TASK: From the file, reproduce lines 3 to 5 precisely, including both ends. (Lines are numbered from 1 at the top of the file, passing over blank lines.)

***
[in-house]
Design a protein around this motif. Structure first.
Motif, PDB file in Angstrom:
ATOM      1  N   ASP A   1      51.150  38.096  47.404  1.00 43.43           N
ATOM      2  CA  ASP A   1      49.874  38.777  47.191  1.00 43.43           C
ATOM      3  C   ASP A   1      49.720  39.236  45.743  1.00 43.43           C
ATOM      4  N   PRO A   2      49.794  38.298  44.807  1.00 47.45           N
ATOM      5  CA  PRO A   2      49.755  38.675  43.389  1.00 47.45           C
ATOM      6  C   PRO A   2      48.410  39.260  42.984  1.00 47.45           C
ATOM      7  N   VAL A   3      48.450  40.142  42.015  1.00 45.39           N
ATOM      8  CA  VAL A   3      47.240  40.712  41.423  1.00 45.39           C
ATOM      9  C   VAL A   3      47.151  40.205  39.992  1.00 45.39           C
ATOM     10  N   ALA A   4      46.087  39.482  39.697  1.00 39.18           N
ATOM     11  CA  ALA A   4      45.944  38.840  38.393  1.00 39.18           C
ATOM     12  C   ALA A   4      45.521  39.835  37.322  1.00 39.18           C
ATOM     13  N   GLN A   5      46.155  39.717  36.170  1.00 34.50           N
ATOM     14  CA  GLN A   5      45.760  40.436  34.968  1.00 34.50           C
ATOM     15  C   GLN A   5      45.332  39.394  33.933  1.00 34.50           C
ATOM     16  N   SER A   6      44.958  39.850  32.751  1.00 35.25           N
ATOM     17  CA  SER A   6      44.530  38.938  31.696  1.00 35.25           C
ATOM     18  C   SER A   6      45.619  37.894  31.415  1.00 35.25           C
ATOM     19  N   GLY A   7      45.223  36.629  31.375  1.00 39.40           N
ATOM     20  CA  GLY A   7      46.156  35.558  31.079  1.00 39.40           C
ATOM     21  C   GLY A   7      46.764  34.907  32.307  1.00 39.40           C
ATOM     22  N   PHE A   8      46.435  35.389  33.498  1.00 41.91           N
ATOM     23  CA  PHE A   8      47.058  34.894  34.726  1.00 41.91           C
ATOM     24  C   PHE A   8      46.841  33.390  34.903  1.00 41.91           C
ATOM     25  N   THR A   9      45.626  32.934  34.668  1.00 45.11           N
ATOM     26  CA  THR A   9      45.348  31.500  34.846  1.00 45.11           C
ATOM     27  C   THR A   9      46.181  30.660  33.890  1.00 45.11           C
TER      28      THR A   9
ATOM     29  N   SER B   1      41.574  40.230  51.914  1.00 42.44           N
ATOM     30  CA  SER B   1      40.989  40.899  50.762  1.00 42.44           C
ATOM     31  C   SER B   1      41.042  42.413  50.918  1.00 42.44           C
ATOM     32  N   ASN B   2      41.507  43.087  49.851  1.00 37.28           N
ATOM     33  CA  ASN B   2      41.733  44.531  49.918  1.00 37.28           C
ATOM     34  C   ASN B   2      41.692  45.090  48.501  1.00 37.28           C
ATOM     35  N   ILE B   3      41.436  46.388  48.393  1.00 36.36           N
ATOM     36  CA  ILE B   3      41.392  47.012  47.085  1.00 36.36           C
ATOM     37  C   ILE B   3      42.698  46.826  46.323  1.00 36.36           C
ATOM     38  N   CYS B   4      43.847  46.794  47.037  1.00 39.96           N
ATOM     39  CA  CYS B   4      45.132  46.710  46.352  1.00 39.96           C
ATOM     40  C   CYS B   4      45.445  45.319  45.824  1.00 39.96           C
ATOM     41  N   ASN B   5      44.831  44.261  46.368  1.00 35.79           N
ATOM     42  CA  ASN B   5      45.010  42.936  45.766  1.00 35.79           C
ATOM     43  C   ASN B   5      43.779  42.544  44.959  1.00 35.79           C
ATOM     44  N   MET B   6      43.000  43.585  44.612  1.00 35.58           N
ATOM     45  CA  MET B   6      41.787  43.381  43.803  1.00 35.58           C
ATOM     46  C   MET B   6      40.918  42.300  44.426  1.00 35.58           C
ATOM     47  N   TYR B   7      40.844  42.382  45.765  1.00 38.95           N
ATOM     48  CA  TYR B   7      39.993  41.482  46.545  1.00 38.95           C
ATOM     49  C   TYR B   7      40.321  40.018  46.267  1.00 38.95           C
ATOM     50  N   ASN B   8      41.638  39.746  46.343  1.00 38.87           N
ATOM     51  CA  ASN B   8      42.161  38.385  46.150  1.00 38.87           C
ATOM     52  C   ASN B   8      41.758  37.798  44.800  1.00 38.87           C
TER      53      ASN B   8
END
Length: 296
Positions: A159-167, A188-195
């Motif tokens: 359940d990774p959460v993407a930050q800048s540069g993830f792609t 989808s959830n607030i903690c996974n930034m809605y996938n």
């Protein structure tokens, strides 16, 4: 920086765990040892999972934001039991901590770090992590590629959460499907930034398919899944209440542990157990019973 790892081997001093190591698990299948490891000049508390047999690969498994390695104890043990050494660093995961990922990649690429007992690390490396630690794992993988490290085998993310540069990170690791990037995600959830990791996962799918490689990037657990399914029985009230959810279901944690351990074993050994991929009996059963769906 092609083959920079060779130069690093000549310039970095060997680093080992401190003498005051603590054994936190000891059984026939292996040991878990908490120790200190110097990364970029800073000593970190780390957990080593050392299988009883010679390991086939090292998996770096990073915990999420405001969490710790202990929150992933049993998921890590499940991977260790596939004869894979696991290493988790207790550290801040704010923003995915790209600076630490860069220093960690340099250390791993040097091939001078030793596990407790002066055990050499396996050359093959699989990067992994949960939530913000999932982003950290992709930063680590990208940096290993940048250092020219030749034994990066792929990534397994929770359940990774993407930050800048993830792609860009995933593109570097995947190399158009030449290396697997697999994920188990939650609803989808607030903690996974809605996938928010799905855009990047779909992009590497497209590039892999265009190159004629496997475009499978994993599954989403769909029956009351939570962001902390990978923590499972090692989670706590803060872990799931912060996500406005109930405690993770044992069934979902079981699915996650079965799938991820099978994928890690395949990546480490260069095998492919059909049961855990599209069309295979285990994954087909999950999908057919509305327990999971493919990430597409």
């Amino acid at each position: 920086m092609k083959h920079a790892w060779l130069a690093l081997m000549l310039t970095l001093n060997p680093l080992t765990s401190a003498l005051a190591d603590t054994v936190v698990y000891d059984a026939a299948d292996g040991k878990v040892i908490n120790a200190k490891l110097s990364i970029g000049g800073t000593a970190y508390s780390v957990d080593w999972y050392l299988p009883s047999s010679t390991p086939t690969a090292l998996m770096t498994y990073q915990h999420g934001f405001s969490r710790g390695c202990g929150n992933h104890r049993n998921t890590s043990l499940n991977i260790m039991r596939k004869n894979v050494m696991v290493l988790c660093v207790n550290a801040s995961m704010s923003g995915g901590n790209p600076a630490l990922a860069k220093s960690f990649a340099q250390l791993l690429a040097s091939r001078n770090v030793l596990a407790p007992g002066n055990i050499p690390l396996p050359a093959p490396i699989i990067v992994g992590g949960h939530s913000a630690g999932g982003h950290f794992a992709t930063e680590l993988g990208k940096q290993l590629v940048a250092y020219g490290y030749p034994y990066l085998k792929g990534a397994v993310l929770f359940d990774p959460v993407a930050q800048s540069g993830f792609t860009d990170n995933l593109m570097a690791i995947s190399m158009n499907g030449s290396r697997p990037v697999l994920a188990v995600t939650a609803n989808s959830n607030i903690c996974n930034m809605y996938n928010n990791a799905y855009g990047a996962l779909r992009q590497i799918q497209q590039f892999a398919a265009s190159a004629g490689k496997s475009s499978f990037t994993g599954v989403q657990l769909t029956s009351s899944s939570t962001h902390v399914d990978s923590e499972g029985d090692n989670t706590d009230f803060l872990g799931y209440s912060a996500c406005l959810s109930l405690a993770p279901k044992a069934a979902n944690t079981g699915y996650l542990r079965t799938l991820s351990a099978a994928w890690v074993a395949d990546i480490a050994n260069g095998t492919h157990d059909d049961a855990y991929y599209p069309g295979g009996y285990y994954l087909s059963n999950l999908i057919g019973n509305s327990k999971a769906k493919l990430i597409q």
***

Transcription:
Motif, PDB file in Angstrom:
ATOM      1  N   ASP A   1      51.150  38.096  47.404  1.00 43.43           N
ATOM      2  CA  ASP A   1      49.874  38.777  47.191  1.00 43.43           C